Getting… your KMP project into npm

Getting… your KMP project into npm

Getting… your KMP project into npm

I’ve recently had to configure my Kotlin Multiplatform shared module to work with npm. I’m more familiar with Gradle, so configuring everything to use npm had a couple of challenges.

Using Nexus

I’m already using Nexus to store artifacts for the mobile builds. Nonetheless, those use maven, so in order to use npm you’ll need to create new repositories:

  1. npm-private repository for your packages
  2. npm-proxy to access the official registry
  3. npm-group to access the above repositories under a single URL

The blog.sonatype contains all the steps required to create these three repositories.

Adding credentials

If your repository is behind credentials, you’ll need to define your username/password before publishing it.

Creating the npm configuration file (.npmrc)

To do this, you can use the .npmrc. This is a configuration file for npm where you can define a set of variables. In this case, you’re going to define the registry along with the user authentication.

The easiest way to see where this config file is located is to run the command:

npm config ls -l

It will output a set of variables, one of them is the userconfig. Typically, it’s under:


Note: If this file isn’t created, you can do it via the logic command:

npm login

Configuring your credentials

Open the .npmrc file and add your repository and user configurations:


Looking at this configuration in more detail, you have:

  • registry, corresponds, to the npm group repository that you’ve configured before
  • email, your email
  • always-auth, forces npm to always require authentication when accessing registry.
  • _auth, authentication using base64.

In order to calculate the base64 value of your username and password, you can enter:

echo -n ‘<your_username>:<your_password’ | openssl base64

Creating a test project

To test if everything is working, create a new package and publish it. Start by creating an empty folder:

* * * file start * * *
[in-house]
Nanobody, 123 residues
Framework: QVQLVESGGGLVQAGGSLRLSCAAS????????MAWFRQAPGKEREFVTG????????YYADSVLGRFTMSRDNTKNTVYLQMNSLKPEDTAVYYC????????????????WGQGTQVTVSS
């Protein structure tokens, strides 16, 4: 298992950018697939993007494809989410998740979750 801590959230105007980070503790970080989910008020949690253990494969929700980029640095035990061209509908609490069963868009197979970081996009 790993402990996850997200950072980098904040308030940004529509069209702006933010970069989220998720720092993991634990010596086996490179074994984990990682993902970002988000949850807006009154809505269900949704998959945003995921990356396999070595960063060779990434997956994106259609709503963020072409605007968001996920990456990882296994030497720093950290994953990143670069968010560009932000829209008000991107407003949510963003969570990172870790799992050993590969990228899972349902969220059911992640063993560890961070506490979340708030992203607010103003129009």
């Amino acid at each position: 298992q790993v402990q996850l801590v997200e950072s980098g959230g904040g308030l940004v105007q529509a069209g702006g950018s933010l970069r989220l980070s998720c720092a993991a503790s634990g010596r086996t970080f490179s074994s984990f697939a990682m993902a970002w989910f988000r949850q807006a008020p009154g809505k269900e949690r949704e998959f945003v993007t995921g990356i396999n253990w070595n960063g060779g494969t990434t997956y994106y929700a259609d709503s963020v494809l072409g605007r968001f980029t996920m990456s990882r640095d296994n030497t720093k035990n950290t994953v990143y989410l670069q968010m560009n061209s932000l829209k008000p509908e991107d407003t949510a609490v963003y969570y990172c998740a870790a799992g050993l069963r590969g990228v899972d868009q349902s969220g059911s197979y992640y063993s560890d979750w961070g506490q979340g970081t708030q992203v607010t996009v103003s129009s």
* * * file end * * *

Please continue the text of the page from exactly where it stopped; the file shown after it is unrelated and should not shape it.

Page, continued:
mkdir npm-test

Enter in it:

cd npm-test

Create a new npm package:

npm init -y

The flag -y is used to generate the package.json already pre-filled.

Add a .js file

touch index.js

Now that the project is created, update the package.json and add the publishConfig attribute properly configured:

 "name": "npm-test",
 "version": "1.0.0",
 "description": "",
 "main": "index.js",
 "publishConfig": {
   "registry": "https://<your_url>/repository/npm-private/"
 "scripts": {
 "test": "echo \”Error: no test specified\” && exit 1"
 "keywords": [],
 "author": "",
 "license": "ISC"

Remember that the registry URL corresponds to the private repo that you’ve created before.

Now that everything is configured, enter:

npm publish

You should see an output similar to this one:

npm notice
npm notice 📦 npm-test@1.0.0
npm notice === Tarball Contents ===
npm notice 0 index.js
npm notice 324B package.json
npm notice === Tarball Details ===
npm notice name: npm-app1
npm notice version: 1.0.0
npm notice package size: 333 B
npm notice unpacked size: 324 B
npm notice shasum: 1574f9b6d9cc94df4a5e3e56a2300b004dca229a
npm notice integrity: sha512-QW3/j4Ke3OyMr[…]gBgMfEvjrzmlw==
npm notice total files: 2
npm notice

Publishing the KMP JS module

Now that you’ve confirmed that everything is working fine it’s time to publish the JS artifact that you’ve created from your shared module. So it can later be used from your web project.

Don’t forget that if you building for the web, you’ll need to add it as a platform. On build.gradle.kts add:

js(LEGACY) {

sourceSets {
 val jsMain by getting {
   //add any dependency here

Now that everything is set up, enter:

gradle build

To generate a build to all the platforms that you’ve defined.

After your build ends successfully, you should have a build folder with a js subfolder that contains:

  • node_modules
  • packages
  • packages_imported
  • package.json

Looking at all the files and folders, the package.json holds all the project metadata required by npm. Similar to what you’ve done in the previous section, you’ll need to add the publishConfig attribute to your (private) repository.

"publishConfig": {
  "registry": "https://<your_url>/repository/npm-private/"

Sometimes, you also need to define version.

An example of a correct package.json is:

  "name": "shared",
  "version": "1.0",
  "publishConfig": {
    "registry": "https://<your_url>/repository/npm-private/"
  "workspaces": [
  "resolutions": {},
  "devDependencies": {},
  "dependencies": {},
  "peerDependencies": {},
  "optionalDependencies": {},
  "bundledDependencies": []

Now that everything is set, just enter:

npm publish

And your package should be successfully deployed.

Using your newly created package

Now that you’ve successfully published your package, you can use it in your project via:

npm install shared@1.0

That’s it!

Do you have a better approach? Something didn’t quite work with you?

Feel free to reply here or send me a message directly on Twitter 🙂.